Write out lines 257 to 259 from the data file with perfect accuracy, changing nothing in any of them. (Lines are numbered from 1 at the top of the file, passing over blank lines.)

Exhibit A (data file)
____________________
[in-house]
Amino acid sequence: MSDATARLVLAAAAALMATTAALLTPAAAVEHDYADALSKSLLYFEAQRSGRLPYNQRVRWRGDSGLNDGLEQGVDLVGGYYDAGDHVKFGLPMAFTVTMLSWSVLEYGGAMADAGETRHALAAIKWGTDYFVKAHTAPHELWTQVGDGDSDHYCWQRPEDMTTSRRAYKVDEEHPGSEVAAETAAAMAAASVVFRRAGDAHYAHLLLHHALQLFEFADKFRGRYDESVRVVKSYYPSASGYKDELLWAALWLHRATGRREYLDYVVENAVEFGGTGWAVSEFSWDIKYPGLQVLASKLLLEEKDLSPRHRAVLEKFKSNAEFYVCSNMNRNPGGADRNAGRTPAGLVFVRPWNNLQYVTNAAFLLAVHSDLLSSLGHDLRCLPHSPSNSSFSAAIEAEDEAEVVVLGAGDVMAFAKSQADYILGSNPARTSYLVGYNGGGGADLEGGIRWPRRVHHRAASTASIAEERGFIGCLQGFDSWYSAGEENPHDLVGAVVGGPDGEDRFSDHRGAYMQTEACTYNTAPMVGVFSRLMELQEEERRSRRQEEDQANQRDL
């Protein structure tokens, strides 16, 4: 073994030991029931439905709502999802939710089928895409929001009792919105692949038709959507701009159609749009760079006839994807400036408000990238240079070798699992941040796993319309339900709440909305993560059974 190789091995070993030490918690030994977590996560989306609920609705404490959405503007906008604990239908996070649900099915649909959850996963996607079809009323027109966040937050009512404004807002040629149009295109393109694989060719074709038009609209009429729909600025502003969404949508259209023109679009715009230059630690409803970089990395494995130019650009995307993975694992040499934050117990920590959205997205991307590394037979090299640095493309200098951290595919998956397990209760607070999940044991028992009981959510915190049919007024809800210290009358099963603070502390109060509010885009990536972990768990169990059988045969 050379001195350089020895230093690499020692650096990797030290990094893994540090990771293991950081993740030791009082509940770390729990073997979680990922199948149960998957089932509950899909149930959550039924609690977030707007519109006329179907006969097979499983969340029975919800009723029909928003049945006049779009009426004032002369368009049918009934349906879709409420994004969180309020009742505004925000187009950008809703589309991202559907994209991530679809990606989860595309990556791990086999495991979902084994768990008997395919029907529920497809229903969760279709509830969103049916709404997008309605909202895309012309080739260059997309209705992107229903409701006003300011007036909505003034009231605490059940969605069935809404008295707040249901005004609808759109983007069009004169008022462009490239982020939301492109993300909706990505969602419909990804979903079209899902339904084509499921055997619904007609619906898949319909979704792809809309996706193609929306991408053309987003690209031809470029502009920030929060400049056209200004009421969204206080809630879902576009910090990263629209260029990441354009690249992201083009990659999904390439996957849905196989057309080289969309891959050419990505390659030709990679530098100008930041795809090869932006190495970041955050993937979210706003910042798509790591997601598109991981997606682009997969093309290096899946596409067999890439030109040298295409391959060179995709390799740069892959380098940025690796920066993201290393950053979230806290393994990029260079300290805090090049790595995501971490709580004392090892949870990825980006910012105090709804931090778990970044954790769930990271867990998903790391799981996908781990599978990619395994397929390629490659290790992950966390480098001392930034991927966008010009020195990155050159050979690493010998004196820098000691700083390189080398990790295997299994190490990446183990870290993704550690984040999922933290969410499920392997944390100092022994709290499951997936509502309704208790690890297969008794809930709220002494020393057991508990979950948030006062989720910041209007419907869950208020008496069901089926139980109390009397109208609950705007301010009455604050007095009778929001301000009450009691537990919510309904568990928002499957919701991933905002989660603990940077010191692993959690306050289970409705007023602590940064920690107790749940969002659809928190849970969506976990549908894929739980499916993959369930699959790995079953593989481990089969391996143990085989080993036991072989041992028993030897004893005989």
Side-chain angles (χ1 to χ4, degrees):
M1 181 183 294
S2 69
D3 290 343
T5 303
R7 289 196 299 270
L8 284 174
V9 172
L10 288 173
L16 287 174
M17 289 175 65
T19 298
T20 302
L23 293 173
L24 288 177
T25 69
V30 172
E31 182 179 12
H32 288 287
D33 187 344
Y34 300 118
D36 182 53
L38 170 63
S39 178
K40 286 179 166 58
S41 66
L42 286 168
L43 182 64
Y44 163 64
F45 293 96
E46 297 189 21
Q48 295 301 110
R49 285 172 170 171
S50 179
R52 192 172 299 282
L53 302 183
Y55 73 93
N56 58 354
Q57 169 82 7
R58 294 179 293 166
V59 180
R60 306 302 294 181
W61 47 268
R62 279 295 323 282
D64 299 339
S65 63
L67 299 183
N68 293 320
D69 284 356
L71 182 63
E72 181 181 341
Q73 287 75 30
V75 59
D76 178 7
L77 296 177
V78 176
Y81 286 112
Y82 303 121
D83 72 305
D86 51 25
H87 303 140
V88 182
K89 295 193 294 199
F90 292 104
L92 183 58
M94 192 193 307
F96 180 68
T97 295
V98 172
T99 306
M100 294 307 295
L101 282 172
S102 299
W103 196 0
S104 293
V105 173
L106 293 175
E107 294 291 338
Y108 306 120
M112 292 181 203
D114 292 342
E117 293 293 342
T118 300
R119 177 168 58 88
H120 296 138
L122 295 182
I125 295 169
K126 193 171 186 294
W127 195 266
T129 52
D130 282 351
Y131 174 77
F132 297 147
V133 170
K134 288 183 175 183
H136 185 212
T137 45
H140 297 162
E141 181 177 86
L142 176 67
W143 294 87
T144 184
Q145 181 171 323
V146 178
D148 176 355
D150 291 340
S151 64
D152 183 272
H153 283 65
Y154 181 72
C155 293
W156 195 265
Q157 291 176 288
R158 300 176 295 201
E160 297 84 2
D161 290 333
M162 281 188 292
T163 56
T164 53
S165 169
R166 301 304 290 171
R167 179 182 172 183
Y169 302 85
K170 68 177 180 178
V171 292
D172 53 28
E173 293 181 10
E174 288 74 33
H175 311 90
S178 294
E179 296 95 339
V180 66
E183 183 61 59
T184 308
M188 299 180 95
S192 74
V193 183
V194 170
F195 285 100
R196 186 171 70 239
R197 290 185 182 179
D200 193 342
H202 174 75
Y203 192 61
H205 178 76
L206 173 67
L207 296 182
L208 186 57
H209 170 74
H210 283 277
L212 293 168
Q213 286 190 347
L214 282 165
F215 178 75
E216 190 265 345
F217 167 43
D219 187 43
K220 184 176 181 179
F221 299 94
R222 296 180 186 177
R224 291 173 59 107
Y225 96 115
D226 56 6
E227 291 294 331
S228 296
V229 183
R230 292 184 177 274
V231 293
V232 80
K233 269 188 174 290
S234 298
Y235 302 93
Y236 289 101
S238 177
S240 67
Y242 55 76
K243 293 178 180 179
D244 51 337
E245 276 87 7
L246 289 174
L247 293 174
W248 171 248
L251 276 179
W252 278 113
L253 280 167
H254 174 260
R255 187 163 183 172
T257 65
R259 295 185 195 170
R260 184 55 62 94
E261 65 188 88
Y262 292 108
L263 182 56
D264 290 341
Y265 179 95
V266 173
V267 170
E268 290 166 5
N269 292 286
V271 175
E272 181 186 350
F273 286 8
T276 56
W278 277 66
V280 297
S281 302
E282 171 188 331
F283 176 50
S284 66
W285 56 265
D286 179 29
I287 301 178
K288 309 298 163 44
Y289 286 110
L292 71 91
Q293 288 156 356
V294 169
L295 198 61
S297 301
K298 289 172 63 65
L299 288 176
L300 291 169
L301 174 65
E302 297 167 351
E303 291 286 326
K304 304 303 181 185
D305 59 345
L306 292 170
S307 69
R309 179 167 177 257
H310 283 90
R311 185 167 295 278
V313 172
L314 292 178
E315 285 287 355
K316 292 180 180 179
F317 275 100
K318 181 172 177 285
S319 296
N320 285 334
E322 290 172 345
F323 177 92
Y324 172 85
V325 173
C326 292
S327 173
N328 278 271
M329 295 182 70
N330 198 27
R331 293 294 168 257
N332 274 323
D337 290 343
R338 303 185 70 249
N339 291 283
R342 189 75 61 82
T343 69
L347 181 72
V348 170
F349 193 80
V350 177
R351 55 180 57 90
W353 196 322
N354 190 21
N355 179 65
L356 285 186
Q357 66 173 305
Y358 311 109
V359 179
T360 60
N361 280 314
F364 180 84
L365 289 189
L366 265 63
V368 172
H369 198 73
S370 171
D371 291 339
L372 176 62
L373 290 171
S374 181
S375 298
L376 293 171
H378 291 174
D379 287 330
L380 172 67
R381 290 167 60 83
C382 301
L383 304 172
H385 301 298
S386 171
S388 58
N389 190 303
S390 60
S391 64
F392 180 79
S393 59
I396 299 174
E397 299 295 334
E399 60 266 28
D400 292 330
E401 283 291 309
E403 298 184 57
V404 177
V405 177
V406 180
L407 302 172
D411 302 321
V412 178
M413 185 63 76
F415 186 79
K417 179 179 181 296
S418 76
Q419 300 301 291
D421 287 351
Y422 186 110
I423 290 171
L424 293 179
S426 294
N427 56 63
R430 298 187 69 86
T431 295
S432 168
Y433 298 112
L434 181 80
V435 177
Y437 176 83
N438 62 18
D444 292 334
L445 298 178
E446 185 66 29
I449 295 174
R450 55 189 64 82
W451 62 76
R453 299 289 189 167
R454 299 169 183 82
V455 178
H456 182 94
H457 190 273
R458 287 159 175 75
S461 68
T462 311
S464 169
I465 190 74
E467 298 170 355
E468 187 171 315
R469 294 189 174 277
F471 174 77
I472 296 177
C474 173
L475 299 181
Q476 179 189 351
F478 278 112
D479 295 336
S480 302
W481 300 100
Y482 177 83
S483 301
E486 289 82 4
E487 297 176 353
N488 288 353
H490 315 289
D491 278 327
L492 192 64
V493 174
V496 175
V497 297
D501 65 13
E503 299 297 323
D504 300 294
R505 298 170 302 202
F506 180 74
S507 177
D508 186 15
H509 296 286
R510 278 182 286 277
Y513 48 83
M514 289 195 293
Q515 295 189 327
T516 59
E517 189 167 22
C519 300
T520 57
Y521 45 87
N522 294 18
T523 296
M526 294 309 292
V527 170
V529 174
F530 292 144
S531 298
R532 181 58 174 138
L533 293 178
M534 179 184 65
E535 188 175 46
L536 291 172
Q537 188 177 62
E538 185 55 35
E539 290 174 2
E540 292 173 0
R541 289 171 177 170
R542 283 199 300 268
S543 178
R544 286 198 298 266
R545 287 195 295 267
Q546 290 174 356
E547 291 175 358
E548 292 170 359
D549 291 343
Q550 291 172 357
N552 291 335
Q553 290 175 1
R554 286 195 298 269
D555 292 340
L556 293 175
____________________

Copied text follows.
N339 291 283
R342 189 75 61 82
T343 69